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I recently saw "Yes, it's working well." translated as "Ja, sie funktioniert gut.". Is this a correct translation?

As far as I know, "sie" means "she" or "them", but not "it". So it looks as if it's an incorrect translation. I would use "es" or "das" here. But maybe there is some nuance that I'm missing, and it actually is a correct sentence?

Google Translate translates "Yes, it's working well." as "Ja, es funktioniert gut.", but "Ja, sie funktioniert gut." is translated as "Yes, it works well."

So, is "sie" here a mistake or not?

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    It depends on the noun. What is meant with "it"? Is it possible, that this "it" is female in german? – IQV Oct 20 '17 at 9:41
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    The sentence is completely without any other context. It's in a language learning web page that I'm using to learn German. Since it's a new and experimental one, I have already ran into some things that are certainly bugs. I decided to ask for a second opinion on this sentence to not accidentally learn something wrong. – Liisi Oct 20 '17 at 9:45
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    Sie can be used for any specific noun of the female genus. Example : "Die Stadt ist nett. Sie heißt Berlin.". Here sie refers back to "die Stadt". – mathreadler Oct 20 '17 at 13:23
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    It's just the opposite: in German, you can use male/female words (er, sie) for some objects or animals, while in English language only "it" is used for that. So yes, you can use "it" in English while in German it can be "der" (der Hund), "die" (die Maur) or "das" (das Haus). – Dominique Oct 20 '17 at 13:50
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    Sometimes you even have to translate "she" with "er" and "he" with "sie", namely when these pronouns refer to the Moon and the Sun, respectively ... – Hagen von Eitzen Oct 21 '17 at 8:17
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Whether the sentence is correctly translated or not depends a bit on the context.

Please compare the following:

Die Maschine wurde repariert. Ja, sie funktioniert jetzt gut.
Der Motor wurde repariert. Ja, er funktioniert jetzt wieder gut.
Das Ding war kaputt. Ja, es funktioniert wieder gut.

Only if you don't know what your are refering to, you may keep it general:

Ja, es funktioniert gut.

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    It might be good to provide an explanation in the answer. As it is written, the reader has to infer it. – JBentley Oct 20 '17 at 22:42
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Nouns in German are of 4 kinds, namely masculine, feminine, neuter and plural. The relevant articles used for them in the nominative case are der, die, das and again, this time plural, die respectively.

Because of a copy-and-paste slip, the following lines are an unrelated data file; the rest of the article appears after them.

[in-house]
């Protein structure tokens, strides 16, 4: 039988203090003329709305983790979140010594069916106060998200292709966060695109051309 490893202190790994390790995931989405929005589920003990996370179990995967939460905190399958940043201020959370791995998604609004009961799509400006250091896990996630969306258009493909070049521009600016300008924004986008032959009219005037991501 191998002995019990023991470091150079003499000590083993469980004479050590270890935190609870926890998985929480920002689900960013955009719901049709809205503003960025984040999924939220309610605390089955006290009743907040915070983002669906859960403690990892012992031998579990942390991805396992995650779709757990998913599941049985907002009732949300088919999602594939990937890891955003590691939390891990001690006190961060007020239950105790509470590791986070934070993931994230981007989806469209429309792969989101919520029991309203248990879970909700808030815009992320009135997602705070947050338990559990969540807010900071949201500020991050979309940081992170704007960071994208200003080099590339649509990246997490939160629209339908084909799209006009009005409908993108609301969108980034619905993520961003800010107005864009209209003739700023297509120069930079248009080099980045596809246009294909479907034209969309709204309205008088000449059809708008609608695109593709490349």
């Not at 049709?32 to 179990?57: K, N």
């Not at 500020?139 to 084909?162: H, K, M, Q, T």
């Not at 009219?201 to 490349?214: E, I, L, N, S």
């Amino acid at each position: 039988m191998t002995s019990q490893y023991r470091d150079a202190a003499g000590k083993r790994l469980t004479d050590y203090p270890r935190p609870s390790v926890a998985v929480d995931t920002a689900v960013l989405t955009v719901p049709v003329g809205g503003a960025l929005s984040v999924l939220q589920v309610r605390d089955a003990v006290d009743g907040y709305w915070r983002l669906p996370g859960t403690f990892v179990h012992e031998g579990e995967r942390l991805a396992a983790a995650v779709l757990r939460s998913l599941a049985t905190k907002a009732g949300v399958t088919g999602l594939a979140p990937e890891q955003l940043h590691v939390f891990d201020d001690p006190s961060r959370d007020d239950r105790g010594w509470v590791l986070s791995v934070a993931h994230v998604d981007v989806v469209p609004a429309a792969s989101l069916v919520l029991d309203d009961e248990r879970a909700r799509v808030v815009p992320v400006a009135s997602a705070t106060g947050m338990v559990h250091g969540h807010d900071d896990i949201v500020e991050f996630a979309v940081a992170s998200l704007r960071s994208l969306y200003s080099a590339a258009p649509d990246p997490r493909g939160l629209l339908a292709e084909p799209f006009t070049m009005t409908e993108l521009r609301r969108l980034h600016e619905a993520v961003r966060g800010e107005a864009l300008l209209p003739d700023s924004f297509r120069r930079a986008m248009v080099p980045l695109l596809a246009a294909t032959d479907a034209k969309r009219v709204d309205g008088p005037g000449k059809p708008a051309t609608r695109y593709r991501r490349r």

The pronoun Sie/sie, which means You/she/they, also refers to any feminine noun in German; it can refer to die Mutter, as well as to die Maschine; so, Sie/sie can also be translated into English as it to refer to a thing/noun which is considered feminine in German.

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    I'd not mix plural with genders as "kinds". – Robert Oct 20 '17 at 20:36
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    @Robert for pronoun usage those kinds are all that matters. Of course, the singular/plural distinction has other effects (like what verb to use), so for a complete understanding it is better to know the full picture. – Paŭlo Ebermann Oct 21 '17 at 11:29
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Just to expound on what has already been said: the gender of a noun in German is determined differently than it is in English. In English, a female animal is a 'she,' a male animal is a 'he,' and inanimate objects are 'it.' Super duper easy.

In German, each noun has a gender assigned by Who Really Knows What. A spoon is a 'he' while a fork is a 'she.' Because That's Just The Way It Is.

When learning German (as well as many other languages, I'm told), you really have no choice other than to memorize the gender of the nouns you learn.

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    Welcome to Stack Exchange. Please be aware that SE is not like a typical forum. Answers should only be posted if they answer the question. Posts which don't answer the question but do provide useful ancillary information (such as yours) should be posted as comments (either on the question, or if appropriate, on another answer). By design, you'll be unable to do that until you earn some rep. – JBentley Oct 20 '17 at 22:46
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    Also, your analysis of English pronouns is over-simplified. It can be used for animate objects where you don't know the gender, and there are cases where gendered pronouns can apply to inanimate objects (ships being the obvious example that springs to mind). – JBentley Oct 20 '17 at 22:48
  • Isn't "it" used in English for animals even whey you know it it's male or female? As far as I know, a cow would be normally referred as "it" and not "she". – Pere Oct 21 '17 at 11:02
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    @Pere: No, animals are usually referred to as "he" or "she"; however, this is most strongly applied to pets so farm animals, etc are sometimes called 'it'. – Jack Aidley Oct 21 '17 at 11:12
  • @JackAidley It's not really about farm animals vs. pets, it's whether or not you know the gender. It just happens that people are more likely to know the gender of a pet and therefore use "he/she". But it's perfectly valid to refer to a pet (e.g. one you see in the park) as "it" when you don't know the gender. – JBentley Oct 21 '17 at 19:32

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